ISLAMABAD – After months of hiatus, speed cameras have reappeared on different roads of the city to check speeding to curb fatal traffic accidents.
A senior police official told ONLINE around 20 speed guns have been installed on different roads including Seventh Avenue, Ninth Avenue, Kashmir Highway and Murree road to check speeding. “The number of fatal accidents was increasing in the city owing to speeding by public and private vehicles; therefore the authorities were requested to provide the cameras to the traffic police.”
Interior Minister Rehman Malik provided the new speed cameras to the traffic police around three months back in a ceremony. However a dozen of speed cameras available with the traffic police were broken down to beyond repair. “We had to dispatch the malfunctioned cameras abroad to get them fixed and the expenditure on repairs was more than actual cost of the cameras. Therefore, the plan was dropped and it was decided to import new cameras.”
The official said the spare parts of these cameras were imported while they were assembled in the country to save money. “The step is taken in the wake of criticism and pressure on the traffic police to curb speeding and fatal accidents in the city.” Youngsters and public transporters were the main offenders and most of the fatal accidents were happening due to over speeding by them on the main avenues, he said, adding motorists are required to observe the specific speed limit on different roads.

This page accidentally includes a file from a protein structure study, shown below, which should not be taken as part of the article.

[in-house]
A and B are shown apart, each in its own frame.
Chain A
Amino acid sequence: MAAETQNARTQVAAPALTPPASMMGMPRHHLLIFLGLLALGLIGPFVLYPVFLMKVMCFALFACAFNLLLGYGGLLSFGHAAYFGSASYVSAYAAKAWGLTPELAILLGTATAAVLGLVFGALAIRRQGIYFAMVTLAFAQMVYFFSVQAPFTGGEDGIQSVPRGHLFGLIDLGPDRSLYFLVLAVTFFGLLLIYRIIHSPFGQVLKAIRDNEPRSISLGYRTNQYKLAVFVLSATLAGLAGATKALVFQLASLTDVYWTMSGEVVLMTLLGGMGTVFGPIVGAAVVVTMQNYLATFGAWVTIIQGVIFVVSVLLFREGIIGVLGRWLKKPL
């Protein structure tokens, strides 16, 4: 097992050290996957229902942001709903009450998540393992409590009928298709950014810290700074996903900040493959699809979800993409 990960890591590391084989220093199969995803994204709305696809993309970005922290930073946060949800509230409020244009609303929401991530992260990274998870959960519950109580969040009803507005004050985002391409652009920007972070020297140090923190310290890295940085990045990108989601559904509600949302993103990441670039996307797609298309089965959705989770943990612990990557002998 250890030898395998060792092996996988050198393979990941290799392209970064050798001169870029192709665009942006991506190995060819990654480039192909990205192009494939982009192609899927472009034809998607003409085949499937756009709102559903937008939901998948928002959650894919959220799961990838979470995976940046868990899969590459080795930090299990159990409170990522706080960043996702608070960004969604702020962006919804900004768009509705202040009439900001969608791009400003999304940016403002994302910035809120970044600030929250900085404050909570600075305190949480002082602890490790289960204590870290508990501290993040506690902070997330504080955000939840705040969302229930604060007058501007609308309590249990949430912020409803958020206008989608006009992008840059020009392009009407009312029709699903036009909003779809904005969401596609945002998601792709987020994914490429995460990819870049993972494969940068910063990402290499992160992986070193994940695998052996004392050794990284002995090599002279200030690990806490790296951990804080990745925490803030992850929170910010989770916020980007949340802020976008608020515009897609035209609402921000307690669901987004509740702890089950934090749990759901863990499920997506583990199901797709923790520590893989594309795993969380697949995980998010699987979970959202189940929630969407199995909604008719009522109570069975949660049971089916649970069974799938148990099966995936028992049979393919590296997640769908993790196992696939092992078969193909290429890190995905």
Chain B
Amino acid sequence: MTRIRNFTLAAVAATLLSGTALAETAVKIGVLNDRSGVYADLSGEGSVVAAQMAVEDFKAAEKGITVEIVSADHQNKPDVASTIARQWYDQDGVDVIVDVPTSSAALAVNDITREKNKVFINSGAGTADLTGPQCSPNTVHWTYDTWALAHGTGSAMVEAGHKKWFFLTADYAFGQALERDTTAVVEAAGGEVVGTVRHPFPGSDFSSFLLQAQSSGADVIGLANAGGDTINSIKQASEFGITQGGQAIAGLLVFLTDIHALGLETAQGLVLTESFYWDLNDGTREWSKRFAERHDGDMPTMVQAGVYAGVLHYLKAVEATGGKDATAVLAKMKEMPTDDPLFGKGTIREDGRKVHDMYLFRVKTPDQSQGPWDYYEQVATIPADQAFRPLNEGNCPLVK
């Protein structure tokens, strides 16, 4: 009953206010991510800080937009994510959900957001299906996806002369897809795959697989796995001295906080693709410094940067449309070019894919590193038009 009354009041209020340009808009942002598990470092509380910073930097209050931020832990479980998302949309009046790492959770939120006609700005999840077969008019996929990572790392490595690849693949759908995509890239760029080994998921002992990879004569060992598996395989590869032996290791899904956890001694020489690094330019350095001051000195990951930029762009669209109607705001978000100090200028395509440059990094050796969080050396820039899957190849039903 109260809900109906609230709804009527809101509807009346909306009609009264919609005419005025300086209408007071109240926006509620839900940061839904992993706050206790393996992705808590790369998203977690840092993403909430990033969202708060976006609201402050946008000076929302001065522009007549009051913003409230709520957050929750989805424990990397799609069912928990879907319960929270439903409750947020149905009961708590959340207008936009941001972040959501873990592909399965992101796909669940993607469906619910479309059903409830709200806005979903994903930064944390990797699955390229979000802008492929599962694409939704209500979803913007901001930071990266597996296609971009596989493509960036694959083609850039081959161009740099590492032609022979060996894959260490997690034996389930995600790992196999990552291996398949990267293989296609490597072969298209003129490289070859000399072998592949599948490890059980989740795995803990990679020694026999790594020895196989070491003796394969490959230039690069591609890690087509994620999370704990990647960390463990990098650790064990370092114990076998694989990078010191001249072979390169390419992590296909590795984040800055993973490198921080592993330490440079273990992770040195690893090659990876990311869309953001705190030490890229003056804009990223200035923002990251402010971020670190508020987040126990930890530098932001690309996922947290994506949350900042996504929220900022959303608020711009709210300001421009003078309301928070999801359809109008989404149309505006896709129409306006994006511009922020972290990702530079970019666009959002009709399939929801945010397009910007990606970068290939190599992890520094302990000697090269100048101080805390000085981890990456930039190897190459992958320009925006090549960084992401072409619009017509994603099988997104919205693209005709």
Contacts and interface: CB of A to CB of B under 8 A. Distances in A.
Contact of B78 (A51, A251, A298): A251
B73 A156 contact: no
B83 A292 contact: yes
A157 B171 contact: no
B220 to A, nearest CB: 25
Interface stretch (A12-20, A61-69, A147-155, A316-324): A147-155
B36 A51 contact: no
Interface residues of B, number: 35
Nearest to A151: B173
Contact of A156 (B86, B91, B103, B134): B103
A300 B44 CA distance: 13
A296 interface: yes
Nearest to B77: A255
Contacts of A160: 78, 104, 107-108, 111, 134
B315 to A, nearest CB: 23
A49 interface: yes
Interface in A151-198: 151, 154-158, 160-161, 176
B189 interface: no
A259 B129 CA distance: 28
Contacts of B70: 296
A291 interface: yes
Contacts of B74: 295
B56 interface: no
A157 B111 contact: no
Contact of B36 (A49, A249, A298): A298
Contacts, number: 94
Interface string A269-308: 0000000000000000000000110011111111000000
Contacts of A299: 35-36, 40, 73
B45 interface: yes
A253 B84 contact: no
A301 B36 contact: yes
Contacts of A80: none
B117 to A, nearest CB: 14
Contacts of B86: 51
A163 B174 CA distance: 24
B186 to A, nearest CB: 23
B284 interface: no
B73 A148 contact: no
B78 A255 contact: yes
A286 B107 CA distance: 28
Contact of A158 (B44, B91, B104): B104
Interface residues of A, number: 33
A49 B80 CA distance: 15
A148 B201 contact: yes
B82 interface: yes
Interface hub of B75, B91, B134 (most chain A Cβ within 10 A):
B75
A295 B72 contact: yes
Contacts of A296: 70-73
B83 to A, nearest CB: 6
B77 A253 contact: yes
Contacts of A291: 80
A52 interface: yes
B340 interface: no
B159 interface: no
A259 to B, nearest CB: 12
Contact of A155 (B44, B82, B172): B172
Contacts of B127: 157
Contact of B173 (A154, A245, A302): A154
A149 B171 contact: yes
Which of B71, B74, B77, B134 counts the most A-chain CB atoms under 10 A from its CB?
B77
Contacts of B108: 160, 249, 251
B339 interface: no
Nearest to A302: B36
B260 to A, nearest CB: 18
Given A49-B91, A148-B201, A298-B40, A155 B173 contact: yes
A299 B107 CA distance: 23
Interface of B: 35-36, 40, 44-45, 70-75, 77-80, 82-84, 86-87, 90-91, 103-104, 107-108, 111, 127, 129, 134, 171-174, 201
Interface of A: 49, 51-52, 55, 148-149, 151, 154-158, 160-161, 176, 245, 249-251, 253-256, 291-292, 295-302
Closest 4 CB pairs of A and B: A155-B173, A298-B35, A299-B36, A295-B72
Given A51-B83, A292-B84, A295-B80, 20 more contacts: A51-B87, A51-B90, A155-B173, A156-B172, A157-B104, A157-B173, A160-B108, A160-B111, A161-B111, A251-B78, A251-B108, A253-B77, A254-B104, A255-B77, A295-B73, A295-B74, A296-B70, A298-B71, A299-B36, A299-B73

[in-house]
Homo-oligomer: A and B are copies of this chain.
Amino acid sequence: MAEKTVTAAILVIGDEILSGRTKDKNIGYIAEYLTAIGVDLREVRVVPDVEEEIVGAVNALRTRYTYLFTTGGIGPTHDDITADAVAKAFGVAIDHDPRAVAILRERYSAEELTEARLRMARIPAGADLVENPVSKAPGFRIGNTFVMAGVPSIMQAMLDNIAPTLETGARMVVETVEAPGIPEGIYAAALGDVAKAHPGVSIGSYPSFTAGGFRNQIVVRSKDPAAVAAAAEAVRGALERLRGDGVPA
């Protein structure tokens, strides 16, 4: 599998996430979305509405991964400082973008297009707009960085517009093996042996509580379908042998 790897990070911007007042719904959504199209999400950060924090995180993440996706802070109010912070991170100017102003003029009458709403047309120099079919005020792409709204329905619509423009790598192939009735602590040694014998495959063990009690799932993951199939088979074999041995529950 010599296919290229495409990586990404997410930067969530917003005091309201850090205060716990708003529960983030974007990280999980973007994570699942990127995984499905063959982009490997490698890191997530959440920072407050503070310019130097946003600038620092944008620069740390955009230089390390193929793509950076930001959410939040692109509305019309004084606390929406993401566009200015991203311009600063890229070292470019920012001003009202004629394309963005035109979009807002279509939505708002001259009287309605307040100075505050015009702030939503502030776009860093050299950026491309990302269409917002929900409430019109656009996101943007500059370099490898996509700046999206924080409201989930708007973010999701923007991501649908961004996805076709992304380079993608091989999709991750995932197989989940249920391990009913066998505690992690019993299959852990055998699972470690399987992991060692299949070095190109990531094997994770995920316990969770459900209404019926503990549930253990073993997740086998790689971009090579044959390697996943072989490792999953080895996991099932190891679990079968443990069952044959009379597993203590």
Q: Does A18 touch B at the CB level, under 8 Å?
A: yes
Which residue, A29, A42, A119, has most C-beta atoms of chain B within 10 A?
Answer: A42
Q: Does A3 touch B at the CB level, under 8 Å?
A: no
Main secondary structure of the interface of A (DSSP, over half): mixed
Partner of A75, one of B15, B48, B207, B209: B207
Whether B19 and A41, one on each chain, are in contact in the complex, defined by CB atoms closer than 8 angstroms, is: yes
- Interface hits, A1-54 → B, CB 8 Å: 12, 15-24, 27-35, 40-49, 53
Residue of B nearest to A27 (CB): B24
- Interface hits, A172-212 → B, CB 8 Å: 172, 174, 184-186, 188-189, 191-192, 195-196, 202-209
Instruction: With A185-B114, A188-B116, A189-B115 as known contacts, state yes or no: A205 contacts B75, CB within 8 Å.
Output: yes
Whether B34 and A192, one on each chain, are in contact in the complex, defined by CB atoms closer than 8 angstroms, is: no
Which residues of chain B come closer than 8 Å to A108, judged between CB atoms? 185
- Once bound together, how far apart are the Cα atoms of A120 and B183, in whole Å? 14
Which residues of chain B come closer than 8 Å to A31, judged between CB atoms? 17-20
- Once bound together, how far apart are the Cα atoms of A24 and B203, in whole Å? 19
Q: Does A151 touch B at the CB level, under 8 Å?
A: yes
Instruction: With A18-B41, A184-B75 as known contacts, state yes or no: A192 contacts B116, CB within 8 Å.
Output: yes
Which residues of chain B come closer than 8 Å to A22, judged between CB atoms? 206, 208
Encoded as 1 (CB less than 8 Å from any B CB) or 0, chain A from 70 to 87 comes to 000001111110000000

When asked about fine on speeding, he said, violators of specific speed limit are fined Rs 200. There is a shortage of public transport in Islamabad; therefore students of different schools and colleges have to travel on roofs of public transports. “We reprimand and discourage public transporters for allowing students to travel on rooftops but we also have to be realistic. If we keep fining them, the transporters will either resort to protests or close down the service.” The official said placement of the guns on different roads is not part of a special campaign instead it is part of a permanent duty of police personnel deployed in the field.